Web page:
Socialist Worker

Next stage of battle after 30 June strike

by Sadie Robinson
Issue No. 2260

Workers have wasted no time in preparing for the next steps in their battle against the Tories after the magnificent strikes on 30 June.

Some 750,000 workers across four unions—the NUT, PCS, UCU and ATL—struck together on that day against the government’s assault on public sector pensions.

Thousands of council workers struck alongside them.

The strikes had a huge impact and showed the potential to build a campaign to tackle the government.

Sections of workers have already passed a motion calling on their union leaderships to support the call for a one-day strike in the autumn—and to name the date.


Ken Muller from Islington NUT told Socialist Worker, “Islington NUT committee unanimously passed the motion to name further strike dates.

“We’ve also sent the motion to every school in the borough and to every NUT rep with a covering letter.

“People laughed at the attempts by the government to downplay the success of the strikes on 30 June.

“We know that they were an outstanding success—we need to keep the momentum up.”

Dave Gibson, UCU branch secretary at Barnsley College has also passed the motion.

He told Socialist Worker, “The strikes have boosted people’s confidence. And people know that we’ve got lots of support from other workers and our students—despite what the government tells us.

“We passed the motion because people are up a fight against the Tories and they are realistic about how to beat them. The 30 June was only the start of the battle. It will take bigger, coordinated strikes of millions to finish the Tories off.”

Unison members in London were set to lobby their union’s national executive committee on Wednesday of this week to encourage the union to call a strike date for the autumn.

Unison general secretary Dave Prentis last month threatened to call action that would be “the biggest since the 1926 general strike”.

Delegates to Unison’s conference overwhelmingly supported strikes to defend their pensions.

Phoebe Watkins is co-branch chair of Camden Unison. She told Socialist Worker, “When Prentis made his speech about striking, recruitment to the union rocketed.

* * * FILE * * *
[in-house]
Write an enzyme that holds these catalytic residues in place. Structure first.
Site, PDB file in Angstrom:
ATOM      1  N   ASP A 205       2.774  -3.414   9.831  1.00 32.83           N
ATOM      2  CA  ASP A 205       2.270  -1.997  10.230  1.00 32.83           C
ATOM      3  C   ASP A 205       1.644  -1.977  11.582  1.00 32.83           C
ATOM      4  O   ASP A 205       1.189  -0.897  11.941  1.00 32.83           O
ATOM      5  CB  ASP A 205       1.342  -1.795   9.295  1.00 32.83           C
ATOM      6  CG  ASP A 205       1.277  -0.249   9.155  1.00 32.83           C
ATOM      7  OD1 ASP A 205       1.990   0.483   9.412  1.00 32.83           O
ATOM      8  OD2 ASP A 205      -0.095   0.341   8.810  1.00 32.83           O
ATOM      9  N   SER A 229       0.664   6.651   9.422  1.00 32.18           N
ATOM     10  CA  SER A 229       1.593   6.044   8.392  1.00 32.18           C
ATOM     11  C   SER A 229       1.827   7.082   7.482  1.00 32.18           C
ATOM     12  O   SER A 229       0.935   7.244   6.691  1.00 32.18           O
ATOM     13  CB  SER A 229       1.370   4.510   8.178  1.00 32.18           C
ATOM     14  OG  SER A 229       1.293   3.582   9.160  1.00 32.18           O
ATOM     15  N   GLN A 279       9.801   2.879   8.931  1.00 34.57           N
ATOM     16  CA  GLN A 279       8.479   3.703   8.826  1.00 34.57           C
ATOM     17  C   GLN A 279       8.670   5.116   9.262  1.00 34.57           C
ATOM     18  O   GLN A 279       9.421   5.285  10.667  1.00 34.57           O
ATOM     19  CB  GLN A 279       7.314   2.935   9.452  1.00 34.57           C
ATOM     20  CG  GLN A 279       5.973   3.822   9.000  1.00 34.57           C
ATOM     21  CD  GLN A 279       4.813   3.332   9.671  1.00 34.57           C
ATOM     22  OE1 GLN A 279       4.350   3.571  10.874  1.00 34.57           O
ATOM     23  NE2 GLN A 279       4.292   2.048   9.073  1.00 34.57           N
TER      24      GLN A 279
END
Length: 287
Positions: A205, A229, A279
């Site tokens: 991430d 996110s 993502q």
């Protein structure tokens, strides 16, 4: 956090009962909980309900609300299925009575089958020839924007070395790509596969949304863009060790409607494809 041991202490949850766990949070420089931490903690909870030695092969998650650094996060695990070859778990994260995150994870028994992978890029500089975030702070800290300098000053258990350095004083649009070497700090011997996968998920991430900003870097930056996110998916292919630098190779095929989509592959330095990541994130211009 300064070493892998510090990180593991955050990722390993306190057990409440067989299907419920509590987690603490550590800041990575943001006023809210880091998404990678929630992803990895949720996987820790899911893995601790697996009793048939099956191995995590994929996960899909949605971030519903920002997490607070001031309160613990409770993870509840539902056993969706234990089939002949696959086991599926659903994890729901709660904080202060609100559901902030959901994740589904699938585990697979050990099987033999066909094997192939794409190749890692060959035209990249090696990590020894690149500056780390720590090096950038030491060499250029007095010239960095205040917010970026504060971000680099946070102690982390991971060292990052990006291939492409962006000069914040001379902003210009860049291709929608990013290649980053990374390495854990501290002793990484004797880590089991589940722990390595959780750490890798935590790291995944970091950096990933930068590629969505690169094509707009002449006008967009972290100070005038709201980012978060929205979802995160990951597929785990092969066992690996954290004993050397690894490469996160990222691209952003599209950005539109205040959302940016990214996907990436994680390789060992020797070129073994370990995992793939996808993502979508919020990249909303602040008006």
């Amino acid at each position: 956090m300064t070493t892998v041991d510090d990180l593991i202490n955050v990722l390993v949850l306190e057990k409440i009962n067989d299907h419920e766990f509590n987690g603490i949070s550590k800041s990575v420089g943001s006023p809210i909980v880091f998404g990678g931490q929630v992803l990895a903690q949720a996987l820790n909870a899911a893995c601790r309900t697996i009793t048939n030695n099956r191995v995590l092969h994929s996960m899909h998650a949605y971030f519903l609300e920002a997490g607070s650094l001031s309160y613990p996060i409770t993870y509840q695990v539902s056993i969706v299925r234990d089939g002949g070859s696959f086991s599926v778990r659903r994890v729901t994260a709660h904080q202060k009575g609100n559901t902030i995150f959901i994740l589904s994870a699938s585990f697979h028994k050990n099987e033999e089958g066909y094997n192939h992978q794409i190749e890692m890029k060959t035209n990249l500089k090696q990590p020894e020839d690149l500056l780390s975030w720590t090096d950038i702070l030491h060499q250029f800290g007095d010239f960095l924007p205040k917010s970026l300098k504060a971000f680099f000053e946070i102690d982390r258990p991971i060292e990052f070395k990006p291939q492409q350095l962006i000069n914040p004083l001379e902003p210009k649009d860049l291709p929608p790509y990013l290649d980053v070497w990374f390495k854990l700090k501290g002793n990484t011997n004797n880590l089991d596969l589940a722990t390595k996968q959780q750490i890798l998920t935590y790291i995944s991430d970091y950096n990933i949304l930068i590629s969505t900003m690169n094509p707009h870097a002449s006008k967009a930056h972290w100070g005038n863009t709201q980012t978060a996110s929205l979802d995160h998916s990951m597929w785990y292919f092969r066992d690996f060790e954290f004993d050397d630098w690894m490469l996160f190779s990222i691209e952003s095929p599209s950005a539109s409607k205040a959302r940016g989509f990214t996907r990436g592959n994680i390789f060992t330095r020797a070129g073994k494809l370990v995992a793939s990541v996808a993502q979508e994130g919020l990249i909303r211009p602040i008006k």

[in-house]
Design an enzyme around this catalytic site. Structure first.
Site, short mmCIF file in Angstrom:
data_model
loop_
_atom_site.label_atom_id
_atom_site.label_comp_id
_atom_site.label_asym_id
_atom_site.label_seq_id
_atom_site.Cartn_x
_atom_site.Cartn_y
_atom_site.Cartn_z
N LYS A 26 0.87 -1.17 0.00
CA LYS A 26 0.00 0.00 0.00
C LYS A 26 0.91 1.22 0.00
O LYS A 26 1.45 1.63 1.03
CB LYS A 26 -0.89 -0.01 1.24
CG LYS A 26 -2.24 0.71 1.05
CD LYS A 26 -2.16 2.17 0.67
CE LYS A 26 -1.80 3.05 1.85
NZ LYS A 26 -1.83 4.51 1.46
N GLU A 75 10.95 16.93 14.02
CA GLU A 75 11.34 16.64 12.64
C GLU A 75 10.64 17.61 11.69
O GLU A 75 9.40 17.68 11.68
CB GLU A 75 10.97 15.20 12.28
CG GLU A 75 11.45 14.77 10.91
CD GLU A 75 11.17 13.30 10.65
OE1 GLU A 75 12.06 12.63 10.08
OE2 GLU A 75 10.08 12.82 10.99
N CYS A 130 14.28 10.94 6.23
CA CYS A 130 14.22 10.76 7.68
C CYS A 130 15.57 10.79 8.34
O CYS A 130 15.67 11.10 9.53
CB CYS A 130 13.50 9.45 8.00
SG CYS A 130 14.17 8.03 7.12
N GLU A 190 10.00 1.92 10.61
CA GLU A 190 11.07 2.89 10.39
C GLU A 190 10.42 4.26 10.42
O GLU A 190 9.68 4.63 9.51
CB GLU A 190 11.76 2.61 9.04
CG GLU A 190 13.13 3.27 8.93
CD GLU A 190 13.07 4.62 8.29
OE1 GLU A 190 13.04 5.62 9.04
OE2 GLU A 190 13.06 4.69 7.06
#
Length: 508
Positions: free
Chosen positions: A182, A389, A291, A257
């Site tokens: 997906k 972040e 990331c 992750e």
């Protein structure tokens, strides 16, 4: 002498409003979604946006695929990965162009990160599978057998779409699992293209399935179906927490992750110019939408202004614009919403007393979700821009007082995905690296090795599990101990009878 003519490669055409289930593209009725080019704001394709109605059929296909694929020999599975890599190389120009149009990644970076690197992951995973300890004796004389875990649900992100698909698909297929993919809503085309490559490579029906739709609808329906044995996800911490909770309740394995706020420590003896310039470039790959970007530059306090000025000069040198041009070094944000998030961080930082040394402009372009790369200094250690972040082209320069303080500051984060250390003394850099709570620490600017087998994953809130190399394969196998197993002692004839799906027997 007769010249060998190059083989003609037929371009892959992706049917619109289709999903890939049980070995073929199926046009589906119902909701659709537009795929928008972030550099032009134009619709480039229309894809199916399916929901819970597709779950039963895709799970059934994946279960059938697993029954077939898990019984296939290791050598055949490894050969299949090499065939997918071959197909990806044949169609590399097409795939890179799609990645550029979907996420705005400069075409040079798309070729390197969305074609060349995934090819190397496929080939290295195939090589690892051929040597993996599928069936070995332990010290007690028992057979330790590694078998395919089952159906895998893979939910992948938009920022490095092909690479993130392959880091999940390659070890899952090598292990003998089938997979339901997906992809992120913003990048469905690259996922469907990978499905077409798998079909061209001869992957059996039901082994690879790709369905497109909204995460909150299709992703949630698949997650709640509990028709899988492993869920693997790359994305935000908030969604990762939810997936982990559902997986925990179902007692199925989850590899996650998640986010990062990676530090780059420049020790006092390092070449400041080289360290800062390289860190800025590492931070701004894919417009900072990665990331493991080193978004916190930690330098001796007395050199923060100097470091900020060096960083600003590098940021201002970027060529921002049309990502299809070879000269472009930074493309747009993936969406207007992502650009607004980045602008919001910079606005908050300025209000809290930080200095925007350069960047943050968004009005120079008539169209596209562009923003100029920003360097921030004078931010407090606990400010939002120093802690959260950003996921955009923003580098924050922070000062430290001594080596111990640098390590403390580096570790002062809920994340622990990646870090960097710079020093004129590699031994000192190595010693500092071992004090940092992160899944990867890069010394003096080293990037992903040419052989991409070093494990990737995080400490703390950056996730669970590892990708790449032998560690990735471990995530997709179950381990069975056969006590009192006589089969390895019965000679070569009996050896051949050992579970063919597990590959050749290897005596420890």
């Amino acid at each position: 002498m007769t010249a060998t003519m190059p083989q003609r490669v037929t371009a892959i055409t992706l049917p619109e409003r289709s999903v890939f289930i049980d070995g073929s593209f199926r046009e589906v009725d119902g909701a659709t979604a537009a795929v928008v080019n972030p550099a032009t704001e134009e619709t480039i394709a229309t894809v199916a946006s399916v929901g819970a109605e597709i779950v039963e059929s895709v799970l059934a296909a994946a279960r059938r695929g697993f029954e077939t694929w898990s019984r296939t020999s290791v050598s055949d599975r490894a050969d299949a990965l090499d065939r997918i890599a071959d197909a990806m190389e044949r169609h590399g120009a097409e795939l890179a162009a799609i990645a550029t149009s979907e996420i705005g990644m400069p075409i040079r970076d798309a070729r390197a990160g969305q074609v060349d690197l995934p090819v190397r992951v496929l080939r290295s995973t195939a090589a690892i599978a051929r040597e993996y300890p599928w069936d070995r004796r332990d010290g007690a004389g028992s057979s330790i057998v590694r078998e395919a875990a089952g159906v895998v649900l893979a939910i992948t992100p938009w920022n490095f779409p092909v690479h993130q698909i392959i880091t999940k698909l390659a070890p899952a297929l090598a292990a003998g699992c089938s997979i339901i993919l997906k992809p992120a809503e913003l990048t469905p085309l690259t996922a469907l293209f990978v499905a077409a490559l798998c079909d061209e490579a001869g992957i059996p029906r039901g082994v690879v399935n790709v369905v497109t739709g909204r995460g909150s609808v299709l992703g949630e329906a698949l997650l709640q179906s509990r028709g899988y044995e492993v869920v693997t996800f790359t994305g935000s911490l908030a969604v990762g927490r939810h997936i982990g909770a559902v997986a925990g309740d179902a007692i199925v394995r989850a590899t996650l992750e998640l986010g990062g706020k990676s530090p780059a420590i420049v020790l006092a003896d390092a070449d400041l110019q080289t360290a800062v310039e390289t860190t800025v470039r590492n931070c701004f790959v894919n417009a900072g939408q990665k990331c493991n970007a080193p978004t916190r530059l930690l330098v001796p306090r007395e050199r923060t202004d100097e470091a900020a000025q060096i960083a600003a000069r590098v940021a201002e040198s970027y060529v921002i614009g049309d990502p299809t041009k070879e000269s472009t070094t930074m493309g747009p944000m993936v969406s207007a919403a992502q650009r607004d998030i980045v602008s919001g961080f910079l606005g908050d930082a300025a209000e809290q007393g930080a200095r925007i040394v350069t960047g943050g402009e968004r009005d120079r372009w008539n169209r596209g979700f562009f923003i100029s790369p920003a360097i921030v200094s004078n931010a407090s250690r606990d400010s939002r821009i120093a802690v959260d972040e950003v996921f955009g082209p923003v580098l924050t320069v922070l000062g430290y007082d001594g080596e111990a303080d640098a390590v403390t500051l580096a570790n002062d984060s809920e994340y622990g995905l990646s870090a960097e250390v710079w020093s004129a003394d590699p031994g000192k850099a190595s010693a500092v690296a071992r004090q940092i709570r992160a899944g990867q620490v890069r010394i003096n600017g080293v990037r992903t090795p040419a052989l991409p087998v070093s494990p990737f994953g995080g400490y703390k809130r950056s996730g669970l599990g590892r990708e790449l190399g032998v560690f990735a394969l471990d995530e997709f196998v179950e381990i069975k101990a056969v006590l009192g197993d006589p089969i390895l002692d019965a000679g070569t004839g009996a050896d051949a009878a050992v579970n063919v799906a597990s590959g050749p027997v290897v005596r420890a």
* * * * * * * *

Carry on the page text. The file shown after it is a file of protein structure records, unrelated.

“If people hear fighting talk, it inspires them to get involved.

“On 30 June a lot of people were asking why we weren’t striking too. Our lobby is to say to Dave Prentis: we like your words about striking and we want you to stick to them.”


Representatives from teaching unions, including headteachers’ unions, met last week to discuss the timing of a strike in the autumn.

The national executive of the PCS civil service workers’ union was this week to discuss coordinating wider action across the public and private sectors.

Talks between the unions and the government are ongoing.

But there’s a widespread view that the government isn’t negotiating seriously—and that further strikes will be needed to stop their assault on pensions.

There’s a danger that the government will try to divide the unions.

It could make concessions to some, to try and split them off from a coordinated campaign.

Activists must urgently organise to pass the motion to name the date—and keep up the pressure for united strikes that can smash the Tories.

Our Demands

We need to put pressure on our union leaders and the government, demanding:

  • There is no increase in pensions contributions for any workers
  • There should be no increase in the pension age for workers in the public or private sector
  • Pensions should be based on the higher RPI rate of inflation, not the usually lower CPI
  • Sign the motion, calling for strike dates to be named

Download the motion from

Open organising meeting to build for mass protests at Tory and Lib Dem conferences. With Jeremy Corbyn MP, Mark Bergfeld NUS NEC (pc). Monday 18 July, 6pm, Rm V111, Vernon Square Campus, Soas, Penton Rise, London WC1X 9EW

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Article information

Tue 12 Jul 2011, 17:04 BST
Issue No. 2260
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